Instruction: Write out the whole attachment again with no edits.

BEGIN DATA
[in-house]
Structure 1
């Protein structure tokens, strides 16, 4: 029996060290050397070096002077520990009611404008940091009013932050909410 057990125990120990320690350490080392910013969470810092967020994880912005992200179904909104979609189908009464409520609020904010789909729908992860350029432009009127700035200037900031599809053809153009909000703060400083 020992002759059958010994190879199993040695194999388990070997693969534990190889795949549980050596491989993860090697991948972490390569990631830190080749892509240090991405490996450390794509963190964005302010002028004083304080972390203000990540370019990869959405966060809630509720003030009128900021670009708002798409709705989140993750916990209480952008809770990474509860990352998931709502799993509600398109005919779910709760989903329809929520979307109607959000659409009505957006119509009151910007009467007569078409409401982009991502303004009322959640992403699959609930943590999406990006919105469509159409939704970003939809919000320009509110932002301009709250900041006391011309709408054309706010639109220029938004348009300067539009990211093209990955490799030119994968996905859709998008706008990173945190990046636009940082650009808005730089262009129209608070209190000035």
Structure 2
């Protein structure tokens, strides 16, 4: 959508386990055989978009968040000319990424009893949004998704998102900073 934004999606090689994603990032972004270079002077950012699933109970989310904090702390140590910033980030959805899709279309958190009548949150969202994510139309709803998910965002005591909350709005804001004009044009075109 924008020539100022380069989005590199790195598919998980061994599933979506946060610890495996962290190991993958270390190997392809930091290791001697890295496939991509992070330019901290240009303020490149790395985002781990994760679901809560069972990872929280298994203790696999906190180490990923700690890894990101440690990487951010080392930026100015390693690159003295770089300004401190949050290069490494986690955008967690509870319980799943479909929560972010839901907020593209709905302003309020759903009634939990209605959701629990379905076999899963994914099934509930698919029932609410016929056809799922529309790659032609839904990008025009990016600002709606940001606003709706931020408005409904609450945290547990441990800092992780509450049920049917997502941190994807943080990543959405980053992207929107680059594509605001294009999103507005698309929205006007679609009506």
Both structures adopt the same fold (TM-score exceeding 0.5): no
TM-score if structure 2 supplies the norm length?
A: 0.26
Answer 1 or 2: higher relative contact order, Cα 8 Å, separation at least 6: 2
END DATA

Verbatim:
[in-house]
Structure 1
């Protein structure tokens, strides 16, 4: 029996060290050397070096002077520990009611404008940091009013932050909410 057990125990120990320690350490080392910013969470810092967020994880912005992200179904909104979609189908009464409520609020904010789909729908992860350029432009009127700035200037900031599809053809153009909000703060400083 020992002759059958010994190879199993040695194999388990070997693969534990190889795949549980050596491989993860090697991948972490390569990631830190080749892509240090991405490996450390794509963190964005302010002028004083304080972390203000990540370019990869959405966060809630509720003030009128900021670009708002798409709705989140993750916990209480952008809770990474509860990352998931709502799993509600398109005919779910709760989903329809929520979307109607959000659409009505957006119509009151910007009467007569078409409401982009991502303004009322959640992403699959609930943590999406990006919105469509159409939704970003939809919000320009509110932002301009709250900041006391011309709408054309706010639109220029938004348009300067539009990211093209990955490799030119994968996905859709998008706008990173945190990046636009940082650009808005730089262009129209608070209190000035």
Structure 2
């Protein structure tokens, strides 16, 4: 959508386990055989978009968040000319990424009893949004998704998102900073 934004999606090689994603990032972004270079002077950012699933109970989310904090702390140590910033980030959805899709279309958190009548949150969202994510139309709803998910965002005591909350709005804001004009044009075109 924008020539100022380069989005590199790195598919998980061994599933979506946060610890495996962290190991993958270390190997392809930091290791001697890295496939991509992070330019901290240009303020490149790395985002781990994760679901809560069972990872929280298994203790696999906190180490990923700690890894990101440690990487951010080392930026100015390693690159003295770089300004401190949050290069490494986690955008967690509870319980799943479909929560972010839901907020593209709905302003309020759903009634939990209605959701629990379905076999899963994914099934509930698919029932609410016929056809799922529309790659032609839904990008025009990016600002709606940001606003709706931020408005409904609450945290547990441990800092992780509450049920049917997502941190994807943080990543959405980053992207929107680059594509605001294009999103507005698309929205006007679609009506």
Both structures adopt the same fold (TM-score exceeding 0.5): no
TM-score if structure 2 supplies the norm length?
A: 0.26
Answer 1 or 2: higher relative contact order, Cα 8 Å, separation at least 6: 2